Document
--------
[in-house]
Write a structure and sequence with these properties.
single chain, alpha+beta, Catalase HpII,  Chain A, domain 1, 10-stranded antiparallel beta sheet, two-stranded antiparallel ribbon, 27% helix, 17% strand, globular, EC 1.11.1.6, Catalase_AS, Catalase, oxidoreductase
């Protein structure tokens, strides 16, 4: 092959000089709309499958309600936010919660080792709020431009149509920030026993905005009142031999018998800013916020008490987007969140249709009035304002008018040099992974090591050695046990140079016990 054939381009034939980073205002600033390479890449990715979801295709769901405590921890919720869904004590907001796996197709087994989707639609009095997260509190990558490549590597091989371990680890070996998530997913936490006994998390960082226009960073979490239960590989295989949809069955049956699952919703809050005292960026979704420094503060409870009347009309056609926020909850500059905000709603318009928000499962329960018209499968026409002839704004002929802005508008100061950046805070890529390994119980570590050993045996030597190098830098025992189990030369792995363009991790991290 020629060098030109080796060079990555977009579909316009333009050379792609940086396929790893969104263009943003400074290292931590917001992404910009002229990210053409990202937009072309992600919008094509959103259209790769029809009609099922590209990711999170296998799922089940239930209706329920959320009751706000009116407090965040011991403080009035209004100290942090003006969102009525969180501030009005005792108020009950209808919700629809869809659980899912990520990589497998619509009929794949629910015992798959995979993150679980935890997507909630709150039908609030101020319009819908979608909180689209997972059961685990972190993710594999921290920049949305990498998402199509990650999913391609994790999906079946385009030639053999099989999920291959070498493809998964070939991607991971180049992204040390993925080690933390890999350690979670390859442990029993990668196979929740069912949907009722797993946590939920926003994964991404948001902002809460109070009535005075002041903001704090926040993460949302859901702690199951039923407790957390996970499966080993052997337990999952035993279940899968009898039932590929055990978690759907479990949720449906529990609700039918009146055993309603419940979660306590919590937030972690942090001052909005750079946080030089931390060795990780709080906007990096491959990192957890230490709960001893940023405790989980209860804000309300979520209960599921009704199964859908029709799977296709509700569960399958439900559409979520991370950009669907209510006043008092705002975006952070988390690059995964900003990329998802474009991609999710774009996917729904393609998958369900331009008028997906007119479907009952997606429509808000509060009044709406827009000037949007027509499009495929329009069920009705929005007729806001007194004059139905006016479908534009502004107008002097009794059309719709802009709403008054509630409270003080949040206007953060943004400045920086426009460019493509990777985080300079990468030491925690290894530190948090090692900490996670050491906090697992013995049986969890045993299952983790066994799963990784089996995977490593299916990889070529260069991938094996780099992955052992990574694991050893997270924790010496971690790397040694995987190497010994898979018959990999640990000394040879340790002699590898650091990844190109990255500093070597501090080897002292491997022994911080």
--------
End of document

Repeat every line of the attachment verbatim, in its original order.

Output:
[in-house]
Write a structure and sequence with these properties.
single chain, alpha+beta, Catalase HpII,  Chain A, domain 1, 10-stranded antiparallel beta sheet, two-stranded antiparallel ribbon, 27% helix, 17% strand, globular, EC 1.11.1.6, Catalase_AS, Catalase, oxidoreductase
């Protein structure tokens, strides 16, 4: 092959000089709309499958309600936010919660080792709020431009149509920030026993905005009142031999018998800013916020008490987007969140249709009035304002008018040099992974090591050695046990140079016990 054939381009034939980073205002600033390479890449990715979801295709769901405590921890919720869904004590907001796996197709087994989707639609009095997260509190990558490549590597091989371990680890070996998530997913936490006994998390960082226009960073979490239960590989295989949809069955049956699952919703809050005292960026979704420094503060409870009347009309056609926020909850500059905000709603318009928000499962329960018209499968026409002839704004002929802005508008100061950046805070890529390994119980570590050993045996030597190098830098025992189990030369792995363009991790991290 020629060098030109080796060079990555977009579909316009333009050379792609940086396929790893969104263009943003400074290292931590917001992404910009002229990210053409990202937009072309992600919008094509959103259209790769029809009609099922590209990711999170296998799922089940239930209706329920959320009751706000009116407090965040011991403080009035209004100290942090003006969102009525969180501030009005005792108020009950209808919700629809869809659980899912990520990589497998619509009929794949629910015992798959995979993150679980935890997507909630709150039908609030101020319009819908979608909180689209997972059961685990972190993710594999921290920049949305990498998402199509990650999913391609994790999906079946385009030639053999099989999920291959070498493809998964070939991607991971180049992204040390993925080690933390890999350690979670390859442990029993990668196979929740069912949907009722797993946590939920926003994964991404948001902002809460109070009535005075002041903001704090926040993460949302859901702690199951039923407790957390996970499966080993052997337990999952035993279940899968009898039932590929055990978690759907479990949720449906529990609700039918009146055993309603419940979660306590919590937030972690942090001052909005750079946080030089931390060795990780709080906007990096491959990192957890230490709960001893940023405790989980209860804000309300979520209960599921009704199964859908029709799977296709509700569960399958439900559409979520991370950009669907209510006043008092705002975006952070988390690059995964900003990329998802474009991609999710774009996917729904393609998958369900331009008028997906007119479907009952997606429509808000509060009044709406827009000037949007027509499009495929329009069920009705929005007729806001007194004059139905006016479908534009502004107008002097009794059309719709802009709403008054509630409270003080949040206007953060943004400045920086426009460019493509990777985080300079990468030491925690290894530190948090090692900490996670050491906090697992013995049986969890045993299952983790066994799963990784089996995977490593299916990889070529260069991938094996780099992955052992990574694991050893997270924790010496971690790397040694995987190497010994898979018959990999640990000394040879340790002699590898650091990844190109990255500093070597501090080897002292491997022994911080």